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Waiting to Be Hit

By David Warren

One of the common, or "plausible" fallacies of the post-modern mind is that we should never act immediately on a provocation. We should instead wait until we have calmed down, for that is when we will have a clearer view. This fallacy was expressed even in the first days after the terror strikes of Sept. 11th, 2001. Our Left argued that, before thinking about a response, we must first get answers to such essay questions as, "Why do they hate us?" We must "address the root causes of terrorism," and so forth.

The truth twisted by this fallacy, is that we should act with a clear head. That we should do. And sometimes we should wait. But waiting seldom makes the view clearer.

In the days and weeks after 9/11 -- as becomes obvious looking back over so many public statements at that time, from people who have since lost their nerve -- we had a clearer understanding of what we were confronting. And this because we had just looked it in the face. We could, for an interval, see the result of waiting for such problems as Islamist terrorism to blow over.

The focus of our attention has since shifted, so that we now consider only secondary issues. We carefully examine the huge costs of any proposed action. We ignore the far greater costs of not acting.

I remain impressed with President Bush, no matter how low he has sunk in the U.S. polls, and no matter what difficulties have emerged in theatre, because he met the test of Afghanistan and Iraq. He acted to drain two of the enemy's principal cesspools. Alas: the public are not properly informed, for the media have not been reporting recent documentary disclosures of the degree to which Saddam Hussein's regime was in league with Al Qaeda and other international operators.

Iran will be President Bush's last test (unless something happens such as China invades Taiwan). It offers a bigger threat at every level than Afghanistan and Iraq put together. Not merely bigger geographically, and thus beyond the scope of invasion with present U.S. military assets; but bigger "existentially", as they say.

Mr Bush probably knows he can't "outsource" this problem any more: that multilateral diplomacy can't work. He is believed to be saying privately that he can't leave the problem to the next President. But what can he do?

As President Mahmoud Ahmadinejad has boasted, Revolutionary Iran now "owns" the entire nuclear fuel cycle, from the mining of uranium ore to its final enrichment in centrifuges. He has further boasted that Iran is working on advanced centrifuge designs supplied illicitly from Pakistan. Iran's longer-range missile delivery systems, developed from Russian technology, have been on semi-public show. Along with these facts goes the bloodcurdling rhetoric of Iran's "spiritual" leaders; the unprecedented fatwa from Qom, sanctioning the use of atomic weapons against "the enemies of Islam"; and open musing about the imminent approach of the Shia Islamic apocalypse, with the return to earth of the Twelfth Imam.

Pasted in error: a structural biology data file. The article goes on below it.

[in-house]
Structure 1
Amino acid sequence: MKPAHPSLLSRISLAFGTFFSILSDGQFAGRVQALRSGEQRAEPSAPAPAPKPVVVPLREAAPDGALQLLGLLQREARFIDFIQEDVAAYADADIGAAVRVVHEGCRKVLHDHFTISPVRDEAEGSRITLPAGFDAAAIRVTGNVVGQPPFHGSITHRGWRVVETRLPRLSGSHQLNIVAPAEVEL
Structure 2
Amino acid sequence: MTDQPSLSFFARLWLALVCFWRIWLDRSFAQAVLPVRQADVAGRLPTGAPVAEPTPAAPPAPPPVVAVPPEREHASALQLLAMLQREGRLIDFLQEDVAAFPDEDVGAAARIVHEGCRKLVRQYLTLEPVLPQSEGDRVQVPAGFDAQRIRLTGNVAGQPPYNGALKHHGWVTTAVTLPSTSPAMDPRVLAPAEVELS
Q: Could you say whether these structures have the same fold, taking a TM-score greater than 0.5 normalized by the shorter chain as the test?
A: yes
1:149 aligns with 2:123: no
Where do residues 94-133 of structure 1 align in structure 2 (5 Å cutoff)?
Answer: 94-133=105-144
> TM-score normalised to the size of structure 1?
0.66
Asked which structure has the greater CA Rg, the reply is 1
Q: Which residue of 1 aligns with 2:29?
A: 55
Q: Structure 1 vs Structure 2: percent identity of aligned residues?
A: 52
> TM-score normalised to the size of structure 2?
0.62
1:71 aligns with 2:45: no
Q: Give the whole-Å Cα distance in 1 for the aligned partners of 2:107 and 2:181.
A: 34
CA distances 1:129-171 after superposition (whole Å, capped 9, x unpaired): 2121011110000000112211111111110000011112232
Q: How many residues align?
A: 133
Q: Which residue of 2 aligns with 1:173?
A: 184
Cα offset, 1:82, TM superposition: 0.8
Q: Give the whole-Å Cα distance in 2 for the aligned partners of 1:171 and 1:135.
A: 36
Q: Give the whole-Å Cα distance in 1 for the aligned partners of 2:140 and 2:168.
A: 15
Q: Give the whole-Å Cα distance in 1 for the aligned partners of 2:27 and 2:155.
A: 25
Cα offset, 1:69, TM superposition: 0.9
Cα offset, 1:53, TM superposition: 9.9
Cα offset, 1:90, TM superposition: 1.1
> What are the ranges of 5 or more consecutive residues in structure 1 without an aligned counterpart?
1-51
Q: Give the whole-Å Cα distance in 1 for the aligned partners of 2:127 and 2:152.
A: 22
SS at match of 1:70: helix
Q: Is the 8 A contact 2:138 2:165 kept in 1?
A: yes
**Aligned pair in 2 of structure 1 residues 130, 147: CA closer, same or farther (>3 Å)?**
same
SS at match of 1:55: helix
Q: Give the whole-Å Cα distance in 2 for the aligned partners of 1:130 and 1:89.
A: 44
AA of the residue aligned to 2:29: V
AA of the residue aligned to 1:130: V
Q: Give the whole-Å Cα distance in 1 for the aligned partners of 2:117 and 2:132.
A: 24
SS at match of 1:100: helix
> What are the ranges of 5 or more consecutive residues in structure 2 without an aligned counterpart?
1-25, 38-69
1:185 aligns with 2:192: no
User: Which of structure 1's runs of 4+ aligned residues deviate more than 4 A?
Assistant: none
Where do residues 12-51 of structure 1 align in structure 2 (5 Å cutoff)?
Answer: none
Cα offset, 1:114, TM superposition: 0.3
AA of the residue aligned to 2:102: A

Might the ayatollahs get nuclear weapons but not use them? President Bush and other Western leaders should begin alerting their publics, to the possibility that this could be worse than if they did use them. For if the ayatollahs launched a surprise nuclear attack, on anyone, the West would respond robustly. At that point it would cost a few million lives, mostly Iranian; or at most, a few tens of millions.

But if Iran can continue to exploit American diplomatic weaknesses, by keeping the confrontation in the diplomatic arena, the ayatollahs can raise the stakes much higher. They could, in an easily foreseeable future, use nuclear blackmail in combination with an oil embargo -- and with the cooperation, subtle or overt, of Russia, China, a post-Saudi Arabia, perhaps a client Iraq, and Hugo Chavez's Venezuela.

Such a challenge could bring about the sort of "new world order", compared to which a few million casualties might seem a lucky break. It would create an order in which North America, Western Europe, and Japan, were deprived of the use of high technology, by the loss of the fuel to move goods around; and likewise deprived of the food supplies that require oil at every stage of production and distribution. All the cards of power would be suddenly transferred from the bourgeois democracies to the planet's most ruthless dictatorships.

Look into the eyes of an Ahmadinejad, or a President Hu Jintao (currently tightening controls at all levels of Chinese society, in direct response to the perceived weakness of the West), and ask yourself whether you wouldn't prefer to be ruled by men like Bush, Blair, Harper. The reader who is tempted to answer, "What's the difference?" may live to find out.


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